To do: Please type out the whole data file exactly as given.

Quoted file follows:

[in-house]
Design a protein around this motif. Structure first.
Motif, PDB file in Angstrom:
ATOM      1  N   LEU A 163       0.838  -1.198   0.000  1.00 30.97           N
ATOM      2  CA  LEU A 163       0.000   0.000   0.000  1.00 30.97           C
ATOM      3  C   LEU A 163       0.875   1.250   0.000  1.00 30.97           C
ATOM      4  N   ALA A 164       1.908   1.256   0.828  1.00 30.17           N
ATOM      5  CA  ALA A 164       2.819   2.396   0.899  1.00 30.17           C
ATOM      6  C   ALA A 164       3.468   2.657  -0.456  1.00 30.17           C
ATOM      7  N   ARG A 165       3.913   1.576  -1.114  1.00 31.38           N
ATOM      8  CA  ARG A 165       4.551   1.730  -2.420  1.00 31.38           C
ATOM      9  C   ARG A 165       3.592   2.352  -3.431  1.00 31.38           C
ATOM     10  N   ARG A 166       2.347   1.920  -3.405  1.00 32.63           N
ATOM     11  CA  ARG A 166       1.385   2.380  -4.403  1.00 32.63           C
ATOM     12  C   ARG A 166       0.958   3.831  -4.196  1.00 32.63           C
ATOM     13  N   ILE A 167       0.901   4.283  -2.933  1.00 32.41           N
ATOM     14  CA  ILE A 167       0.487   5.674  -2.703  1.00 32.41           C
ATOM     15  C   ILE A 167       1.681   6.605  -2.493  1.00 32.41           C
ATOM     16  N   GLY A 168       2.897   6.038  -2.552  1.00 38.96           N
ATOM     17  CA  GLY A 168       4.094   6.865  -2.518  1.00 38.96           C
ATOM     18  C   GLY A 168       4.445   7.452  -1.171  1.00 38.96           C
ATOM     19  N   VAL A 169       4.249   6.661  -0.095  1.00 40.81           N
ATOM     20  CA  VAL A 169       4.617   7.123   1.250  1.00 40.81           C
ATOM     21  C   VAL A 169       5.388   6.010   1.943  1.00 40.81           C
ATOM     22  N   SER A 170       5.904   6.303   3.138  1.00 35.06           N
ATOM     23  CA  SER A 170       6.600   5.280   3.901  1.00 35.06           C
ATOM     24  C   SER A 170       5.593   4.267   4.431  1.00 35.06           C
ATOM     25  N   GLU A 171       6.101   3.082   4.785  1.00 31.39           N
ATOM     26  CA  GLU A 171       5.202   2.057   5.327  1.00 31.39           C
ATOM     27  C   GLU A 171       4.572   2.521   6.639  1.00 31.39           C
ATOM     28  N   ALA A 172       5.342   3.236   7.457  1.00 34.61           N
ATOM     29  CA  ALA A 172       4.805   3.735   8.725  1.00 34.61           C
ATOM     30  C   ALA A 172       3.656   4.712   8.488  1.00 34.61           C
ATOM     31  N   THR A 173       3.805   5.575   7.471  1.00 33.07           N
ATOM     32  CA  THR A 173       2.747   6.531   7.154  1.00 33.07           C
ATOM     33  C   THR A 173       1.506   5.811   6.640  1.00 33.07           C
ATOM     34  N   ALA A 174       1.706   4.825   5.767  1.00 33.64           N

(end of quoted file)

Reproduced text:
[in-house]
Design a protein around this motif. Structure first.
Motif, PDB file in Angstrom:
ATOM      1  N   LEU A 163       0.838  -1.198   0.000  1.00 30.97           N
ATOM      2  CA  LEU A 163       0.000   0.000   0.000  1.00 30.97           C
ATOM      3  C   LEU A 163       0.875   1.250   0.000  1.00 30.97           C
ATOM      4  N   ALA A 164       1.908   1.256   0.828  1.00 30.17           N
ATOM      5  CA  ALA A 164       2.819   2.396   0.899  1.00 30.17           C
ATOM      6  C   ALA A 164       3.468   2.657  -0.456  1.00 30.17           C
ATOM      7  N   ARG A 165       3.913   1.576  -1.114  1.00 31.38           N
ATOM      8  CA  ARG A 165       4.551   1.730  -2.420  1.00 31.38           C
ATOM      9  C   ARG A 165       3.592   2.352  -3.431  1.00 31.38           C
ATOM     10  N   ARG A 166       2.347   1.920  -3.405  1.00 32.63           N
ATOM     11  CA  ARG A 166       1.385   2.380  -4.403  1.00 32.63           C
ATOM     12  C   ARG A 166       0.958   3.831  -4.196  1.00 32.63           C
ATOM     13  N   ILE A 167       0.901   4.283  -2.933  1.00 32.41           N
ATOM     14  CA  ILE A 167       0.487   5.674  -2.703  1.00 32.41           C
ATOM     15  C   ILE A 167       1.681   6.605  -2.493  1.00 32.41           C
ATOM     16  N   GLY A 168       2.897   6.038  -2.552  1.00 38.96           N
ATOM     17  CA  GLY A 168       4.094   6.865  -2.518  1.00 38.96           C
ATOM     18  C   GLY A 168       4.445   7.452  -1.171  1.00 38.96           C
ATOM     19  N   VAL A 169       4.249   6.661  -0.095  1.00 40.81           N
ATOM     20  CA  VAL A 169       4.617   7.123   1.250  1.00 40.81           C
ATOM     21  C   VAL A 169       5.388   6.010   1.943  1.00 40.81           C
ATOM     22  N   SER A 170       5.904   6.303   3.138  1.00 35.06           N
ATOM     23  CA  SER A 170       6.600   5.280   3.901  1.00 35.06           C
ATOM     24  C   SER A 170       5.593   4.267   4.431  1.00 35.06           C
ATOM     25  N   GLU A 171       6.101   3.082   4.785  1.00 31.39           N
ATOM     26  CA  GLU A 171       5.202   2.057   5.327  1.00 31.39           C
ATOM     27  C   GLU A 171       4.572   2.521   6.639  1.00 31.39           C
ATOM     28  N   ALA A 172       5.342   3.236   7.457  1.00 34.61           N
ATOM     29  CA  ALA A 172       4.805   3.735   8.725  1.00 34.61           C
ATOM     30  C   ALA A 172       3.656   4.712   8.488  1.00 34.61           C
ATOM     31  N   THR A 173       3.805   5.575   7.471  1.00 33.07           N
ATOM     32  CA  THR A 173       2.747   6.531   7.154  1.00 33.07           C
ATOM     33  C   THR A 173       1.506   5.811   6.640  1.00 33.07           C
ATOM     34  N   ALA A 174       1.706   4.825   5.767  1.00 33.64           N